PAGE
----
Another important point to remember this month, for the sake of solidarity among minorities, is that this country also has a long way to go towards ending racism in our institutions and in society at large. Police brutality is still a problem despite developments to curb violence among law enforcement members, and the recent primaries have dragged  hate-filled citizens out of the woodwork, with the vitriolic language heard in rallies used to dehumanize and demonize minority races.

All of this brings to mind a conversation I had with one of my best friends recently about what it means to be free in America. She and I both agreed that in order to be truly free, four conditions have to be met.

If you’re white, male, straight and cisgender, then congratulations, you’re absolutely free. But if you fail to fulfill even one of the aforementioned requirements to be 100% free in this society, you’re doomed to be mistreated by the law and your fellow citizens for being deemed as inferior.

Just being gay is enough for random strangers to revile others like me, who go around simply holding hands with their significant other, an act which sufficiently enrages people into screaming slurs at us and, with the worst of these aggressors, physically attack us for doing nothing but silently proclaiming our love. Many of us have to constantly check our surroundings to see if it’s “safe” to show any affection, and no couple in America should ever have to be on guard 24/7 in this manner.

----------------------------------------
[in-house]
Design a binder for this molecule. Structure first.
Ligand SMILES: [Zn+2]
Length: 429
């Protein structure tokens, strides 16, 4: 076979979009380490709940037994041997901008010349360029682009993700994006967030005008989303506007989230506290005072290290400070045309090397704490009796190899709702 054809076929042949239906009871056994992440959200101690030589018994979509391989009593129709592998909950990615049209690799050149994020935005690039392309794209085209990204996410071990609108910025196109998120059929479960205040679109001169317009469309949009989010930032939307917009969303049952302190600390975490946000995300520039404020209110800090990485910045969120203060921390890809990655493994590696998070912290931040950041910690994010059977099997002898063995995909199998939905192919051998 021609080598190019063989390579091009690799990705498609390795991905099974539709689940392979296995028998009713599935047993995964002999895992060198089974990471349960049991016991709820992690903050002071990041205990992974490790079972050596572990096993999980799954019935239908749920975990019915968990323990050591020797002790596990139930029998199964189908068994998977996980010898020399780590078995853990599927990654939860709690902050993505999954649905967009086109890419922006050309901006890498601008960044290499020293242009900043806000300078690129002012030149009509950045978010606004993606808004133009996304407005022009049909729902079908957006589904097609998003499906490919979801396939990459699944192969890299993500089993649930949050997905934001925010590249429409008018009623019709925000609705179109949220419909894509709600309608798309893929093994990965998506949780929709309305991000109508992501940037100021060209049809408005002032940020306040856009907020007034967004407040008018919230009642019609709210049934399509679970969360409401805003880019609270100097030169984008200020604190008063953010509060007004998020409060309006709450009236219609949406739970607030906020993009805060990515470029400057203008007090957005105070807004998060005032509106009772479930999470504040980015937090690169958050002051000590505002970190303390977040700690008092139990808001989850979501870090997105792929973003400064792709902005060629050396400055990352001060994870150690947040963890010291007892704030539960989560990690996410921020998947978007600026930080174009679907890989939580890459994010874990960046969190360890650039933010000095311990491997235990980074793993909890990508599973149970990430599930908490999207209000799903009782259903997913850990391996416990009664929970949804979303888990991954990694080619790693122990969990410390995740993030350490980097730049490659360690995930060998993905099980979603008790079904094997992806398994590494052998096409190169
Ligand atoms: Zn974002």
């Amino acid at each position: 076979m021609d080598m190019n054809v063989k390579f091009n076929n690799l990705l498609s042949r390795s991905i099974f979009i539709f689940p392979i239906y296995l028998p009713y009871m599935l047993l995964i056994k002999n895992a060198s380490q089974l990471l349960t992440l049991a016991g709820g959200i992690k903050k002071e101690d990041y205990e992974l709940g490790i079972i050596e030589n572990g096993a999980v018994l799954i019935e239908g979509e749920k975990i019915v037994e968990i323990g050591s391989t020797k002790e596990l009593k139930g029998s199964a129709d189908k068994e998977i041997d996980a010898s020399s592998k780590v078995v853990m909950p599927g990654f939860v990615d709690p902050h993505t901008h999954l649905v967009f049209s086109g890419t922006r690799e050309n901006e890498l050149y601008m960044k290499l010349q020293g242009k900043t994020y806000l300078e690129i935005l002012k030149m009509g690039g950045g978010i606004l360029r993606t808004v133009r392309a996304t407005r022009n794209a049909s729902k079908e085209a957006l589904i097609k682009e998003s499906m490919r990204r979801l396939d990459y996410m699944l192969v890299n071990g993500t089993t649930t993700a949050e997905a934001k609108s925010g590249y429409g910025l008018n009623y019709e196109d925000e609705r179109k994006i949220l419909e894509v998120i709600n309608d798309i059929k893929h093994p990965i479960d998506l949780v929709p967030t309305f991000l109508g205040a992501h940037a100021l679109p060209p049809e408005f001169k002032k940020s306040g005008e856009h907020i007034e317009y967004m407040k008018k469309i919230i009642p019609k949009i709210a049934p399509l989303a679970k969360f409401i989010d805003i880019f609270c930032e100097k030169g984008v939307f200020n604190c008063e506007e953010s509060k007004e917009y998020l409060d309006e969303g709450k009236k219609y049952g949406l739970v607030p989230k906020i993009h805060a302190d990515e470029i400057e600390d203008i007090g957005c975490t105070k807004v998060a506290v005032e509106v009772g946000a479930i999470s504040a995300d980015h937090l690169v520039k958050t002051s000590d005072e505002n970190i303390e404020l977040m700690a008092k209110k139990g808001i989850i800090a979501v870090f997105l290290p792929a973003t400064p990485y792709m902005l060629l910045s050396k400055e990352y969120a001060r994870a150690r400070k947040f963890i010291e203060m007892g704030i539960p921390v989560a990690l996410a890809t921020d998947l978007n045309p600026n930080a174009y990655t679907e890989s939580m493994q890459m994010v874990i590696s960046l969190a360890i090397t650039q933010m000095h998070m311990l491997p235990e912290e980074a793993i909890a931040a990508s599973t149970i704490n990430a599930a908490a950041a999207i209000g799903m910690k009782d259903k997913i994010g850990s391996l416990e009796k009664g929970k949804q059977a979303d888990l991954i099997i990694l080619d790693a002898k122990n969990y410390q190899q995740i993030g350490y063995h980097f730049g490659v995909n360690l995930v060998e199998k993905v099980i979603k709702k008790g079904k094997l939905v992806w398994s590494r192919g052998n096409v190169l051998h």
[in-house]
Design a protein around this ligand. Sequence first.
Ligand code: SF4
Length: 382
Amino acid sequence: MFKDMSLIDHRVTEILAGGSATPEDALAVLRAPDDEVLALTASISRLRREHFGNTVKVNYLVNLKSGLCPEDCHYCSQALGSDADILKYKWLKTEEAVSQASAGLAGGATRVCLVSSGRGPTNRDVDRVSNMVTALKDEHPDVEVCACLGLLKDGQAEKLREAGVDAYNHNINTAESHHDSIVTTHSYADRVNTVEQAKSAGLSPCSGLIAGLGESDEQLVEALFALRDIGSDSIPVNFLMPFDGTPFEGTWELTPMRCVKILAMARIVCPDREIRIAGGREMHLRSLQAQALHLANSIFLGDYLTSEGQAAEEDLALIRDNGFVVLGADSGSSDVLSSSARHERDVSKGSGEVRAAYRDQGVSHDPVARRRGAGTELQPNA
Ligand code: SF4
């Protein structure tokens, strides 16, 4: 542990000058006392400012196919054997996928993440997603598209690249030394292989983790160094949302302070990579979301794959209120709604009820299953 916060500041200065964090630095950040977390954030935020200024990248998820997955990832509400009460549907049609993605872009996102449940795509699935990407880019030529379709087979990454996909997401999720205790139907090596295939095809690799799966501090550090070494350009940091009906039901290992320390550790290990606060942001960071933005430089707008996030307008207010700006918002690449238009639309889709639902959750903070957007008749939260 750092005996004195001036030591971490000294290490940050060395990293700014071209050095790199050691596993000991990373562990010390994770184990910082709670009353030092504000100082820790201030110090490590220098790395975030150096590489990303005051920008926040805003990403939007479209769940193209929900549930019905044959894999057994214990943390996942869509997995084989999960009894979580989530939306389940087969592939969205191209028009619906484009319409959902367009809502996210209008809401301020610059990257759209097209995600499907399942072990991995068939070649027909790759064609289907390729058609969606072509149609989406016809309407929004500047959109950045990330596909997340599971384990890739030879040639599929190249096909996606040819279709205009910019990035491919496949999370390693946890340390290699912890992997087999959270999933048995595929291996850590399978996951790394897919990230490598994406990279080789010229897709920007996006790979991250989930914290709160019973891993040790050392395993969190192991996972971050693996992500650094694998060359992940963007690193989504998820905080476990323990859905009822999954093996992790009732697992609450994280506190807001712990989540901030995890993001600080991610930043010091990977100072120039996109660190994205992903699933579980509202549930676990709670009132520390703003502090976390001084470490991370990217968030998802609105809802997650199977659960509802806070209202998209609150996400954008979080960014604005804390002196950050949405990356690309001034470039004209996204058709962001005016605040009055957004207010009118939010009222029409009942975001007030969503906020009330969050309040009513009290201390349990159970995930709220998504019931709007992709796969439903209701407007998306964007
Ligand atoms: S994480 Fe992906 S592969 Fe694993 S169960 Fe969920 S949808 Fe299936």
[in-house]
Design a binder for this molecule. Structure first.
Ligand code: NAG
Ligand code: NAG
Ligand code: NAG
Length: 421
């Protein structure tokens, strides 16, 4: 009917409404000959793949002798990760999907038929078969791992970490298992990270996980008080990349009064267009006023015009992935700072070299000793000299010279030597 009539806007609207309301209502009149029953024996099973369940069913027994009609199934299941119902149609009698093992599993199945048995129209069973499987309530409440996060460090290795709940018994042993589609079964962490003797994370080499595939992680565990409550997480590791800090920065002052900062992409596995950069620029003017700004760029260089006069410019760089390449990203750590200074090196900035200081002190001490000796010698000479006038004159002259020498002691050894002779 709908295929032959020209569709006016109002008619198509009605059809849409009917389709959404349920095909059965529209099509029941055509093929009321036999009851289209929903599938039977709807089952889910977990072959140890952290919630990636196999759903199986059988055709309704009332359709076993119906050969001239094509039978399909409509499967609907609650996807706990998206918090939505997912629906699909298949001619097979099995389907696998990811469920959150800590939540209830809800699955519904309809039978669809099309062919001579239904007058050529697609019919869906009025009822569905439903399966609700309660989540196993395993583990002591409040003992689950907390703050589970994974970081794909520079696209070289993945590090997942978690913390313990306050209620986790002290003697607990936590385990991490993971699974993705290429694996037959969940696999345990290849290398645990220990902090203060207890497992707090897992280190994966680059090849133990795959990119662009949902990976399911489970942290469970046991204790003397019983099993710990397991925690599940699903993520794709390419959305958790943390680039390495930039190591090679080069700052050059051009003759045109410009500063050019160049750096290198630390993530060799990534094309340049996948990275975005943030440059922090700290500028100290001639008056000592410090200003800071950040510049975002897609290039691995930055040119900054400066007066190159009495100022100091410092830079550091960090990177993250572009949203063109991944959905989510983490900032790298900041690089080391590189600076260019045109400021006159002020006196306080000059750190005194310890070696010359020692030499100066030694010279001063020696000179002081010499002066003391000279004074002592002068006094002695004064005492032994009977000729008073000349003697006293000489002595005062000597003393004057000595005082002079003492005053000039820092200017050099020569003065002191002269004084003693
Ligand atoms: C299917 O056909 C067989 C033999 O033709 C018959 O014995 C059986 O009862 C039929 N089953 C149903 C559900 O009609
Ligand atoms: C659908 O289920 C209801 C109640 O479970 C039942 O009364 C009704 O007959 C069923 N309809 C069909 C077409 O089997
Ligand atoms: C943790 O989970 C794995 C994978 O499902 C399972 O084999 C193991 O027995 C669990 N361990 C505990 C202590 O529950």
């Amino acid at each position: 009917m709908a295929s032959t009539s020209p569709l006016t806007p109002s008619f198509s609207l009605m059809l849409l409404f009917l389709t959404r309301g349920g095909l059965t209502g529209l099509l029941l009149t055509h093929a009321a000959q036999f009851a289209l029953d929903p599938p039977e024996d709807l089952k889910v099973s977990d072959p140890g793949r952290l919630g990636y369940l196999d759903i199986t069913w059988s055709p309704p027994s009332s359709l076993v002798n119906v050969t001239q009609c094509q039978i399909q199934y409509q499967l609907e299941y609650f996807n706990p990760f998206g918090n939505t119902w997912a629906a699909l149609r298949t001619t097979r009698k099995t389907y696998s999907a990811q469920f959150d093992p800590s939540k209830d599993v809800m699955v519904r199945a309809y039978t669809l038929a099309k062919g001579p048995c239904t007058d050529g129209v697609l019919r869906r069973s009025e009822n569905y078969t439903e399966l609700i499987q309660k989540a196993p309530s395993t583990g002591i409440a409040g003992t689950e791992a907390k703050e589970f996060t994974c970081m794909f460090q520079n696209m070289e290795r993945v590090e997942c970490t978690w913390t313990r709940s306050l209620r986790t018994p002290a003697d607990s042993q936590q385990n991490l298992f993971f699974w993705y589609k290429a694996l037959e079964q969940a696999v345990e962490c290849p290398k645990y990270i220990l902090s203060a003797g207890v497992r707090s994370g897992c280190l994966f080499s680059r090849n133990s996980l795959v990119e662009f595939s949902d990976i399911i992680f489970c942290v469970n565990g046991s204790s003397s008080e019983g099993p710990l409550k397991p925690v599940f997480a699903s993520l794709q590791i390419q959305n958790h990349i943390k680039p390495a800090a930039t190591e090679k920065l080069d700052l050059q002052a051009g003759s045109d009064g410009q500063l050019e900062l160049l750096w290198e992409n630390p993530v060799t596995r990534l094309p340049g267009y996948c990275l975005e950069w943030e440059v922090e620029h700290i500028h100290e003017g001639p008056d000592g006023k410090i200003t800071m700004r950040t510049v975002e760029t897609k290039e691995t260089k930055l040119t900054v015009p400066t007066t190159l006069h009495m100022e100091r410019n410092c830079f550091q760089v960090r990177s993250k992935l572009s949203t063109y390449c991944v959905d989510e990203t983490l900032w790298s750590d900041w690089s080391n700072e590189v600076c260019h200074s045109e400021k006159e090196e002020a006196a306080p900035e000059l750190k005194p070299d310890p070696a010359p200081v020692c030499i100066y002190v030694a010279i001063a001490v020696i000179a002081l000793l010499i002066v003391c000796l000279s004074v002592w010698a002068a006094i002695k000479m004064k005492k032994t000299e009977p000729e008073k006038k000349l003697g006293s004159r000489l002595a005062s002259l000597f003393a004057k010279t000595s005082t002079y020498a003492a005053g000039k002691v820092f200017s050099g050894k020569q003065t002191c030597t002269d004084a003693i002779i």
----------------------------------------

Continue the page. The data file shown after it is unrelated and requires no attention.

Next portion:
What America needs to understand is that, despite the rose-colored lenses view that all of our citizens are free, if you fall into any minority category in this nation, your freedom is given with exceptions.

 Gay and Lesbian couples aren’t free if they aren’t able to express their love for their partner without repercussions in the form of discrimination in the streets, where the threat of violence constantly looms over them; nor are they free when religious organizations and politicians are constantly citing religion as a reason seek to push back against their newly affirmed rights.

Ethnic and racial minorities aren’t free if racism of any form is allowed to exist against them, be it police brutality, their places of worship being singled out by terrorists, or any other manifestation; a prime example being the shooting at a historically important black church in South Carolina that was targeted by Dylann Roof, who was seeking to ignite a race war.

Women of all races and gender identity aren’t free if every night out, they walk around wondering if tonight will be the night that some abominable man decides that he has the right to harm them because of their gender. This has been a longstanding issue in America, and has become a serious problem for transwomen, who have one of the highest murder rates in the country.

While we as a country have certainly made progress in social issues, we still have a long way to go. Until the crackdown on ending discrimination and violence against all minorities becomes severe enough to put an end to their needless suffering, America will never be able to achieve the social victory its people seek to obtain.